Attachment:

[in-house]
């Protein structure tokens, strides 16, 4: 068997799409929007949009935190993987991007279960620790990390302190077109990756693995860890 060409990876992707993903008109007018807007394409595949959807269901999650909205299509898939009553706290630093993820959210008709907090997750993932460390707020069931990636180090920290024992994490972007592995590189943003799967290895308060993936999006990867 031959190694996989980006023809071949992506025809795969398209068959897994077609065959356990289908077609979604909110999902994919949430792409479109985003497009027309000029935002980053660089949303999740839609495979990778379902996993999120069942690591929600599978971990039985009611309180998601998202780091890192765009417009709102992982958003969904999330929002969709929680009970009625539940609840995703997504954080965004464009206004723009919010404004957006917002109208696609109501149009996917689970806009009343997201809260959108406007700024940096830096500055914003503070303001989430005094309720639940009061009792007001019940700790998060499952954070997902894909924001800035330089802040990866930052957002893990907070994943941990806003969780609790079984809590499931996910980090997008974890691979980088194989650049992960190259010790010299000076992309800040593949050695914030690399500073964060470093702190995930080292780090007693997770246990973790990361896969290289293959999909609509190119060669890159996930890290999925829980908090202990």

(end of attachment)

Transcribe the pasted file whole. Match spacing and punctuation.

[in-house]
């Protein structure tokens, strides 16, 4: 068997799409929007949009935190993987991007279960620790990390302190077109990756693995860890 060409990876992707993903008109007018807007394409595949959807269901999650909205299509898939009553706290630093993820959210008709907090997750993932460390707020069931990636180090920290024992994490972007592995590189943003799967290895308060993936999006990867 031959190694996989980006023809071949992506025809795969398209068959897994077609065959356990289908077609979604909110999902994919949430792409479109985003497009027309000029935002980053660089949303999740839609495979990778379902996993999120069942690591929600599978971990039985009611309180998601998202780091890192765009417009709102992982958003969904999330929002969709929680009970009625539940609840995703997504954080965004464009206004723009919010404004957006917002109208696609109501149009996917689970806009009343997201809260959108406007700024940096830096500055914003503070303001989430005094309720639940009061009792007001019940700790998060499952954070997902894909924001800035330089802040990866930052957002893990907070994943941990806003969780609790079984809590499931996910980090997008974890691979980088194989650049992960190259010790010299000076992309800040593949050695914030690399500073964060470093702190995930080292780090007693997770246990973790990361896969290289293959999909609509190119060669890159996930890290999925829980908090202990």